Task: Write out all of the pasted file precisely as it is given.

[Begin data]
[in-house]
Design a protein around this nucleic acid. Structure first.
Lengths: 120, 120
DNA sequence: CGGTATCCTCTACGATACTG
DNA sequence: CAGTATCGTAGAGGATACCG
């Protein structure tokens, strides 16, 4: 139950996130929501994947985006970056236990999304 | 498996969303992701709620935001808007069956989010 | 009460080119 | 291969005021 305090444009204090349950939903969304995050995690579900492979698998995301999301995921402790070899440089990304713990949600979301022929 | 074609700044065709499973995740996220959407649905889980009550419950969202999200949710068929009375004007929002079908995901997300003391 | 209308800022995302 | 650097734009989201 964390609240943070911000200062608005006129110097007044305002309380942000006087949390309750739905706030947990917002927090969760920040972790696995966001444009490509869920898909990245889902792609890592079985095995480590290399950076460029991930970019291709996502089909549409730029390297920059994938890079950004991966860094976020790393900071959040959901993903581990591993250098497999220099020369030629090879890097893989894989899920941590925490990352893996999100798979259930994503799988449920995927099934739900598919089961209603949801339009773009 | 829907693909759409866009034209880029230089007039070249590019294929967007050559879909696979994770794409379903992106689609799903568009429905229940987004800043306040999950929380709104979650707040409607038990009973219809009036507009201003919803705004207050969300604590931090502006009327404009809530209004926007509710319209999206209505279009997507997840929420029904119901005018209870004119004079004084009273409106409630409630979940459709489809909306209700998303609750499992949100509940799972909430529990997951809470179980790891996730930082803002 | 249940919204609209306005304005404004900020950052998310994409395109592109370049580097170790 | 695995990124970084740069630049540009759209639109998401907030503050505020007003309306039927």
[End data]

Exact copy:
[in-house]
Design a protein around this nucleic acid. Structure first.
Lengths: 120, 120
DNA sequence: CGGTATCCTCTACGATACTG
DNA sequence: CAGTATCGTAGAGGATACCG
């Protein structure tokens, strides 16, 4: 139950996130929501994947985006970056236990999304 | 498996969303992701709620935001808007069956989010 | 009460080119 | 291969005021 305090444009204090349950939903969304995050995690579900492979698998995301999301995921402790070899440089990304713990949600979301022929 | 074609700044065709499973995740996220959407649905889980009550419950969202999200949710068929009375004007929002079908995901997300003391 | 209308800022995302 | 650097734009989201 964390609240943070911000200062608005006129110097007044305002309380942000006087949390309750739905706030947990917002927090969760920040972790696995966001444009490509869920898909990245889902792609890592079985095995480590290399950076460029991930970019291709996502089909549409730029390297920059994938890079950004991966860094976020790393900071959040959901993903581990591993250098497999220099020369030629090879890097893989894989899920941590925490990352893996999100798979259930994503799988449920995927099934739900598919089961209603949801339009773009 | 829907693909759409866009034209880029230089007039070249590019294929967007050559879909696979994770794409379903992106689609799903568009429905229940987004800043306040999950929380709104979650707040409607038990009973219809009036507009201003919803705004207050969300604590931090502006009327404009809530209004926007509710319209999206209505279009997507997840929420029904119901005018209870004119004079004084009273409106409630409630979940459709489809909306209700998303609750499992949100509940799972909430529990997951809470179980790891996730930082803002 | 249940919204609209306005304005404004900020950052998310994409395109592109370049580097170790 | 695995990124970084740069630049540009759209639109998401907030503050505020007003309306039927």